‘The Man Who Changed Colors’: A multi-layered working-class suspense thriller
Aerial view of Fore River (Quincy) Shipyard in June 1993 / Massachusetts Dept. of Environmental Protection (Creative Commons Attribution 2.0 Generic license).

In The Man Who Changed Colors, storyteller Bill Fletcher Jr. offers readers a many-layered political suspense thriller that had me enthralled from cover to cover. The story, told through the eyes of David Gomes, an undaunted reporter for the Cape and Islands Gazette, is set in Cape Cod, Mass., in the late 1970s and unfolds amid the dynamics and tensions of the Portuguese and Cape Verdean communities, the latter of which Gomes is a part.

This is Fletcher’s second novel featuring Gomes as the central character. Gomes is reminiscent of “Easy” Rawlins, Walter Mosley’s private investigator, only with a reporter’s notebook. The Man Who Changed Colors carries on from Fletcher’s first novel, The Man Who Fell from the Sky, a murder mystery. Both explore race, class and Black identity, including conflicts between the Cape Verdean and African-American communities, and structural and daily slights and more blatant forms of racism they experience from the white community on the Cape and the greater Boston area.

The novel opens with the mysterious death of a worker in the historic Quincy Shipyard, which in real life closed in 1984 and employed over 4000 workers at its height. A physician with the Massachusetts Coalition for Occupational Safety and Health prods Gomes to expose the dangerous workplace conditions at the shipyard after a series of fatalities. Gomes quickly comes to suspect the latest death is no accident.

The plot is full of surprises, twists, and turns as Gomes descends deeper, endangering his life, into the political intrigue between groups in the Portuguese and Cape Verdean immigrant communities. He finds himself amid the ongoing hostilities between supporters of the Portuguese fascist regime headed by dictator António de Oliveira Salazar (1889-1970), whose successor was overthrown in 1974 during the Carnation Revolution, and the revolutionary national liberation movement of Cape Verdeans who suffered under Portuguese colonialism beginning in the 1400s.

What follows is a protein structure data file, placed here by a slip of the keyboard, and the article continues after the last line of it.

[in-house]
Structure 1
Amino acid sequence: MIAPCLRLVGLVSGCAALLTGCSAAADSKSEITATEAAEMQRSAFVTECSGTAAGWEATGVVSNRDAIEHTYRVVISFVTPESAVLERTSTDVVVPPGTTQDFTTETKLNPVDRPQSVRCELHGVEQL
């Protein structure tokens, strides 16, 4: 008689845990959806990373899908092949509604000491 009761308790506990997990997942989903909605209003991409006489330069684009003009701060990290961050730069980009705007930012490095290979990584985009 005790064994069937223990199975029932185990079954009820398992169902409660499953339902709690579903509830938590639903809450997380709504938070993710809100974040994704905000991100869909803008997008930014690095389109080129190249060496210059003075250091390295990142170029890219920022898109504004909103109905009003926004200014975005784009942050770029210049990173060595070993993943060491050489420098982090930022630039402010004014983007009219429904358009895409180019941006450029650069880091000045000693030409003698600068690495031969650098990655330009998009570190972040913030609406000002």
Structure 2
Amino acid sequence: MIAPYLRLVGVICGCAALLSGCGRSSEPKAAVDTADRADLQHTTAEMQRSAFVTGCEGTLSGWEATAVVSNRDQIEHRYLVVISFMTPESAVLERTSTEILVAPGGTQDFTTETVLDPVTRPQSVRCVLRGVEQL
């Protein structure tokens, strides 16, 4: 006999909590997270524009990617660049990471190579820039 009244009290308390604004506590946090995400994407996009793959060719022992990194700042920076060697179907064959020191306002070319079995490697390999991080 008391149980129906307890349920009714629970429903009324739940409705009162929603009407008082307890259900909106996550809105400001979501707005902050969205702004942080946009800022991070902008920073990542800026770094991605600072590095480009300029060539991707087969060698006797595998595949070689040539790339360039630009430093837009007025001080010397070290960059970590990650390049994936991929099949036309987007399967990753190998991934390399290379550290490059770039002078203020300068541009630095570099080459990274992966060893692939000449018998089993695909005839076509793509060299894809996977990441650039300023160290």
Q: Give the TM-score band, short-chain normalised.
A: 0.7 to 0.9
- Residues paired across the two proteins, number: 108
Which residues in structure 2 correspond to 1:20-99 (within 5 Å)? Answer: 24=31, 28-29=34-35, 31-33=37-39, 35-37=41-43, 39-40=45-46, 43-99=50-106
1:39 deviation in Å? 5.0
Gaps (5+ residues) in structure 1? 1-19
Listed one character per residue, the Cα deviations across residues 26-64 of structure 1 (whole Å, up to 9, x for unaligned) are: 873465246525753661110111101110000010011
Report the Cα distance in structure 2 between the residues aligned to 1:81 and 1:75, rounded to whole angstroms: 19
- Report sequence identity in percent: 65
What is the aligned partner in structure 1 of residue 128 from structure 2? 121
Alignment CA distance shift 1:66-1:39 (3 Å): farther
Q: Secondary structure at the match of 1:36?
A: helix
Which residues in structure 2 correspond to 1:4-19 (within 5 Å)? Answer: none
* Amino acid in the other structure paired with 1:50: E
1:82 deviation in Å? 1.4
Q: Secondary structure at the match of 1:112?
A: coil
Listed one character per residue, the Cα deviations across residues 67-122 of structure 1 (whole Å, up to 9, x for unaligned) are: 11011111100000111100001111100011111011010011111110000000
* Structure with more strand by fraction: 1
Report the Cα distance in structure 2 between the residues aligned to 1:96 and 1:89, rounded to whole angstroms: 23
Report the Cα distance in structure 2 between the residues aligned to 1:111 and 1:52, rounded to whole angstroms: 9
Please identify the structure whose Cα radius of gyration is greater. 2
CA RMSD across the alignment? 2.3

Portuguese fascists, with the assistance of the CIA, resettled in New Bedford and comprised a criminal gang. There they confronted Cape Verdean immigrants, some of whom were incarcerated and tortured in the notorious Tarrafal Concentration Camp, located on the Cape Verde island of Santiago, and who never forgot.

Fletcher does a great job of developing characters, especially Gomes, who comes to life as a resourceful, incorruptible, and courageous journalist who risks his life in pursuit of the truth. Fletcher expertly brings others into Gomes’s life and work, including his wife, parents, aunt, and uncle, who supported the Cape Verdean liberation struggle; his ex-girlfriend, who is also his boss, co-workers, and extended community of friends, whom he enlists in the investigation.

Among the many strands Fletcher weaves into the story are Gomes’s employment at the small Cape Cod newspaper, which his boss is selling to a larger entity and its corporate-style management with little interest in his investigative journalism, as well as the dynamics between him, his wife and ex-girlfriend, and the seasonal ebbs and flows of the tourism industry on the Cape.

Fletcher vividly depicts working-class life in New Bedford, the string of other working-class communities along the Massachusetts coast, and the dangerous work conditions in the shipyard. The author himself was intimately familiar with the Quincy Shipyard, where he worked as a welder and experienced a co-worker’s death just weeks prior to his own injury in a workplace fall.

Fletcher also describes dynamics in the local union and organizing by a reform caucus to oust the corrupt, pro-company leadership. While working there, Fletcher was also involved in a reform rank-and-file group.

Author Bill Fletcher Jr.

These experiences, his lifetime of activism in organized labor, racial and social justice, peace and international solidarity, his scholarship, and journalism, allow Fletcher to develop an informed context for the story and its diverse characters. Fletcher made a turn to writing fiction with his first novel at the encouragement of his friend, the actor Danny Glover. Fletcher’s skillful storytelling allows him to reach a broader audience with his ideas.

Fortunately, the book found a publisher in Hardball and Little Heroes Press, led by the indomitable Tim Sheard, a great storyteller in his own right. Hardball Press is “dedicated to mentoring working-class writers and putting their stories into print”—stories from authors wanting to change the world that might not otherwise find an outlet.

Bill Fletcher Jr.
The Man Who Changed Colors
Brooklyn: Hardball and Little Heroes Press, 2022
360 pp., $17
ISBN 9798985097962

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John Bachtell
John Bachtell

John Bachtell is president of Long View Publishing Co., the publisher of People's World. He is active in electoral, labor, environmental, and social justice struggles. He grew up in Ohio, where he attended Antioch College in Yellow Springs. He currently lives in Chicago.